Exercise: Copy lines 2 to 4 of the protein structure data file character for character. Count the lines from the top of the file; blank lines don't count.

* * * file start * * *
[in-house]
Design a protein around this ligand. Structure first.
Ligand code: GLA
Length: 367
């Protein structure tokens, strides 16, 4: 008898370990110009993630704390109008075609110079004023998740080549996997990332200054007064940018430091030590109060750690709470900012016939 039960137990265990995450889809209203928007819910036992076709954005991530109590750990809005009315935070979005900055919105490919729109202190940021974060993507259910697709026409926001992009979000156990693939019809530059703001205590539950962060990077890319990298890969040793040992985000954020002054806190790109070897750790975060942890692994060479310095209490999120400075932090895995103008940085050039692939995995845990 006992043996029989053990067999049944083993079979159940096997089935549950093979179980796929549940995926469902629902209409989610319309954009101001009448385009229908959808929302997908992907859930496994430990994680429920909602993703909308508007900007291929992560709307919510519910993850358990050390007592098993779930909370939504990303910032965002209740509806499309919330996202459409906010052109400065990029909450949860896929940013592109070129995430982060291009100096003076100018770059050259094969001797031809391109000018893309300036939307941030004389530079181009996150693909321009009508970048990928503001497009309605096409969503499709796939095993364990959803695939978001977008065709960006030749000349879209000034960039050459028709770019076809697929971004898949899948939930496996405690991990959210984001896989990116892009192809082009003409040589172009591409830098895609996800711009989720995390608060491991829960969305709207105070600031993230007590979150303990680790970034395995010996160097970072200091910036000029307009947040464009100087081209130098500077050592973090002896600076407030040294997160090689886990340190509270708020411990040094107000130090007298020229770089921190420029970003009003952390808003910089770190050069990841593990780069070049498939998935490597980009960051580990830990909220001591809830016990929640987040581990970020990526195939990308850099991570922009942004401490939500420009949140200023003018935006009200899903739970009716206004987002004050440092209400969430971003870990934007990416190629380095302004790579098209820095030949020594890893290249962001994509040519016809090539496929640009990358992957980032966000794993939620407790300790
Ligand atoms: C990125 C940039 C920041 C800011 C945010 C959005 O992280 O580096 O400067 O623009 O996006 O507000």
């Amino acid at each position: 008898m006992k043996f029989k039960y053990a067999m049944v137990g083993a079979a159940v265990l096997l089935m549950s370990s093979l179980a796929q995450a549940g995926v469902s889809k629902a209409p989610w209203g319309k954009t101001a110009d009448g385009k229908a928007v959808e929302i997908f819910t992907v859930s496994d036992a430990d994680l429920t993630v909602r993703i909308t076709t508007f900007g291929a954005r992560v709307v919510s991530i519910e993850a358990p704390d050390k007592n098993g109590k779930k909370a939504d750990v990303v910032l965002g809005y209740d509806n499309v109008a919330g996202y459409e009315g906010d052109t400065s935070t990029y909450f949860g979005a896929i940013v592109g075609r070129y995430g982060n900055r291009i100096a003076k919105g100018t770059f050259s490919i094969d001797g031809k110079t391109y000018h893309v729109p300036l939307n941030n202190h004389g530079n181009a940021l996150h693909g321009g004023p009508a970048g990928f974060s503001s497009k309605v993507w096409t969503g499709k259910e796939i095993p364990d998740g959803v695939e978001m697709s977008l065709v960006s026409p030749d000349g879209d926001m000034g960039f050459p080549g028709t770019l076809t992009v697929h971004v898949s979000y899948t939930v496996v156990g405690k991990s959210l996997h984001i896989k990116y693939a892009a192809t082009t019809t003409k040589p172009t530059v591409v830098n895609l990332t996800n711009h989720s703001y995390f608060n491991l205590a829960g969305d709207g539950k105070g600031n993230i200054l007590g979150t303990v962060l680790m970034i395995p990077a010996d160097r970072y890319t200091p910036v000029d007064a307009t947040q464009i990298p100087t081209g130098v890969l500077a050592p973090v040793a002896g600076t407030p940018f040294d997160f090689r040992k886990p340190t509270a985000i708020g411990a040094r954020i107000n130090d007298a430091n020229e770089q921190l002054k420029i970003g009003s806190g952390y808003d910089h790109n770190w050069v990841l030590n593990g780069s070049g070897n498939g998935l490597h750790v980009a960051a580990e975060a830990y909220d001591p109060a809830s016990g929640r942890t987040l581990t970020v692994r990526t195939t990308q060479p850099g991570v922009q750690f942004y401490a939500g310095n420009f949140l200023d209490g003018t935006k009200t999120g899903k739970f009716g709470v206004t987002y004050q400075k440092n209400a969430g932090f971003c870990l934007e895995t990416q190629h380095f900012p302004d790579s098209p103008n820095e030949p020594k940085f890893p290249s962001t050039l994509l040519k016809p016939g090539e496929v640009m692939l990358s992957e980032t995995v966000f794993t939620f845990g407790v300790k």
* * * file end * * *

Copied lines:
Design a protein around this ligand. Structure first.
Ligand code: GLA
Length: 367